Assessment of PM2.5-associated mortality burden among the elderly: Insights into demographic, socio-economic, and geographic factors

Ayushi Sharma, Hsi Yu Hsiao, Jia Yi Liu, Shih Chun Candice Lung, Huey Jen Su, Ching Fen Shen, Nai Tzu Chen, Pei Chih Wu, Cheng Yu Lin, Sheng Fu Liang, Tain Junn Cheng, Ta Chien Chan, Yaw Shyan Tsay, Hsin Ying Chung, Yu Chun Wang

Research output: Contribution to journalArticlepeer-review

Abstract

Since long-term exposure to PM2.5 is a growing concern in Taiwan, therefore, our study aimed to investigate the association between different PM2.5 concentrations and cause-specific mortalities, as well as explore the influence of demographic, socio-economic, and geographic determinants on mortality. Utilizing a Distributed Lag Non-Linear Model (DLNM), we estimated the PM2.5-attributable mortality burden among the elderly population (above 65 years) in Taiwan from 2005 to 2018. Our analysis considered various thresholds defined by the World Health Organization (WHO) to assess the impact of PM2.5 concentrations, ranging from standard Air Quality Guidelines (AQG) levels (0–15 μg/m3) to higher interim targets (up to 80 μg/m3). Our study reveals that achieving AQG levels (< 15 μg/m3) in Taiwan could potentially prevent 5571 elderly deaths, including 889 deaths from CVDs, 934 deaths from RTIs, and 680 deaths from chronic diseases. We observed a rapid increase in attributable deaths at lower PM2.5 concentrations, with a subsequent marginal increase at higher levels of exposure. We also identified several factors that modify the effects of PM2.5 exposures among elderly. For example, we found that higher elderly population ratios and high-income households were associated with an elevated risk of PM2.5-related deaths. In contrast, higher social welfare expenditure, better availability of medical practitioners per square kilometer, and higher forest-to-land ratios were associated with positive effects, indicating their potential in reducing mortality risk. This study fills a knowledge gap by examining the health consequences of varying PM2.5 levels and explored the complex interplay between demographic, socio-economic, and geographic factors in relation to PM2.5-related mortality.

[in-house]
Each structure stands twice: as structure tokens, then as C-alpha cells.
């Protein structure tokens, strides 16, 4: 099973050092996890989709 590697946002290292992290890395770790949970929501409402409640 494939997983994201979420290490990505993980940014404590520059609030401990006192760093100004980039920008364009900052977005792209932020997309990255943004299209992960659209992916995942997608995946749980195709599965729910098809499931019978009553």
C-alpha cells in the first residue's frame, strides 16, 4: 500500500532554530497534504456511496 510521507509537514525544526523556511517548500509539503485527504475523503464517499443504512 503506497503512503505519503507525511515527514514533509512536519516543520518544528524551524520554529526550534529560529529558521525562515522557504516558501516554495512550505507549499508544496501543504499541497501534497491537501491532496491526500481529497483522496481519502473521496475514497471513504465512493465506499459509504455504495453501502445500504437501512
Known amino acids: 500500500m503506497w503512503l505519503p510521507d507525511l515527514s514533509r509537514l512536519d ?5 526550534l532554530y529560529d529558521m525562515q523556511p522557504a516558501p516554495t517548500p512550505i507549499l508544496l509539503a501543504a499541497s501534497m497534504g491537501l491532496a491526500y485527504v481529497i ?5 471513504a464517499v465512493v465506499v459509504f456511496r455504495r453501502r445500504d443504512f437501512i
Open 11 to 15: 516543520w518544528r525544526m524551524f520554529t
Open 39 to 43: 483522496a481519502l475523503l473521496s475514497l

Original languageEnglish
JournalAir Quality, Atmosphere and Health
DOIs
Publication statusAccepted/In press - 2024

All Science Journal Classification (ASJC) codes

  • Pollution
  • Atmospheric Science
  • Management, Monitoring, Policy and Law
  • Health, Toxicology and Mutagenesis

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